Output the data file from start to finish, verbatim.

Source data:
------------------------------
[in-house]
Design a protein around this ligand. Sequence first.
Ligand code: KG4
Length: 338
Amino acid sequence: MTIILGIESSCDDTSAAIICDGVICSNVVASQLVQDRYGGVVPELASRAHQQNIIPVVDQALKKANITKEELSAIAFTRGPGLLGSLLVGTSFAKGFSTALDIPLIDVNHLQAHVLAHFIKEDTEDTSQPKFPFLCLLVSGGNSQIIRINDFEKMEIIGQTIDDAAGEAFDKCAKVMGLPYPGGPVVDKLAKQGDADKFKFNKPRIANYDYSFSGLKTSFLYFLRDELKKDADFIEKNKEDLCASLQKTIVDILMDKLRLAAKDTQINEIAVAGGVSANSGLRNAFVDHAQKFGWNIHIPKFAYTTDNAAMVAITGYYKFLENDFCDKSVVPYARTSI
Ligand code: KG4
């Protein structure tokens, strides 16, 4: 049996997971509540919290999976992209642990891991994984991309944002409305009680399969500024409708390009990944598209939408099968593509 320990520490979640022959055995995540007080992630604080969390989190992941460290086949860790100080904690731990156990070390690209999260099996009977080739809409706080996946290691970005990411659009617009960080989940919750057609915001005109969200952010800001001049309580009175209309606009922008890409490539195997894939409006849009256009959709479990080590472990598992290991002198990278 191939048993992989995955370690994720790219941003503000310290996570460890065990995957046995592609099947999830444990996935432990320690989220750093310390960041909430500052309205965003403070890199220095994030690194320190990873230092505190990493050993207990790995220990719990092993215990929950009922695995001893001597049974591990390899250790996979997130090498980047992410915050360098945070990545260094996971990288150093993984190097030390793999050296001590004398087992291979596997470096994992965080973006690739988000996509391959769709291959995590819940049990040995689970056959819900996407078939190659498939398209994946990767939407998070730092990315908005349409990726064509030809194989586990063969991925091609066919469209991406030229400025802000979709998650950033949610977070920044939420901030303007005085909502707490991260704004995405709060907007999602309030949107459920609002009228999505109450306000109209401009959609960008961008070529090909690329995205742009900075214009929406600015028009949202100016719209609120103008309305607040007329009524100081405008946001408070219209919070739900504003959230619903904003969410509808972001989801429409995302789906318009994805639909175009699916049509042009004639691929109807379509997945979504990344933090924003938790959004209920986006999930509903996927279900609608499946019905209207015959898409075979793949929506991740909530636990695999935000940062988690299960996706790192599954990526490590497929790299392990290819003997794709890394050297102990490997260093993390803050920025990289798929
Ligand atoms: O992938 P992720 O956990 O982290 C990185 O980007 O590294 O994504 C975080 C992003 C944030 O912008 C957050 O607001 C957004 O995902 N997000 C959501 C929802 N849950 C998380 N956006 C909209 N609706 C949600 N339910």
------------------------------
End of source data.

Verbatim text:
[in-house]
Design a protein around this ligand. Sequence first.
Ligand code: KG4
Length: 338
Amino acid sequence: MTIILGIESSCDDTSAAIICDGVICSNVVASQLVQDRYGGVVPELASRAHQQNIIPVVDQALKKANITKEELSAIAFTRGPGLLGSLLVGTSFAKGFSTALDIPLIDVNHLQAHVLAHFIKEDTEDTSQPKFPFLCLLVSGGNSQIIRINDFEKMEIIGQTIDDAAGEAFDKCAKVMGLPYPGGPVVDKLAKQGDADKFKFNKPRIANYDYSFSGLKTSFLYFLRDELKKDADFIEKNKEDLCASLQKTIVDILMDKLRLAAKDTQINEIAVAGGVSANSGLRNAFVDHAQKFGWNIHIPKFAYTTDNAAMVAITGYYKFLENDFCDKSVVPYARTSI
Ligand code: KG4
């Protein structure tokens, strides 16, 4: 049996997971509540919290999976992209642990891991994984991309944002409305009680399969500024409708390009990944598209939408099968593509 320990520490979640022959055995995540007080992630604080969390989190992941460290086949860790100080904690731990156990070390690209999260099996009977080739809409706080996946290691970005990411659009617009960080989940919750057609915001005109969200952010800001001049309580009175209309606009922008890409490539195997894939409006849009256009959709479990080590472990598992290991002198990278 191939048993992989995955370690994720790219941003503000310290996570460890065990995957046995592609099947999830444990996935432990320690989220750093310390960041909430500052309205965003403070890199220095994030690194320190990873230092505190990493050993207990790995220990719990092993215990929950009922695995001893001597049974591990390899250790996979997130090498980047992410915050360098945070990545260094996971990288150093993984190097030390793999050296001590004398087992291979596997470096994992965080973006690739988000996509391959769709291959995590819940049990040995689970056959819900996407078939190659498939398209994946990767939407998070730092990315908005349409990726064509030809194989586990063969991925091609066919469209991406030229400025802000979709998650950033949610977070920044939420901030303007005085909502707490991260704004995405709060907007999602309030949107459920609002009228999505109450306000109209401009959609960008961008070529090909690329995205742009900075214009929406600015028009949202100016719209609120103008309305607040007329009524100081405008946001408070219209919070739900504003959230619903904003969410509808972001989801429409995302789906318009994805639909175009699916049509042009004639691929109807379509997945979504990344933090924003938790959004209920986006999930509903996927279900609608499946019905209207015959898409075979793949929506991740909530636990695999935000940062988690299960996706790192599954990526490590497929790299392990290819003997794709890394050297102990490997260093993390803050920025990289798929
Ligand atoms: O992938 P992720 O956990 O982290 C990185 O980007 O590294 O994504 C975080 C992003 C944030 O912008 C957050 O607001 C957004 O995902 N997000 C959501 C929802 N849950 C998380 N956006 C909209 N609706 C949600 N339910």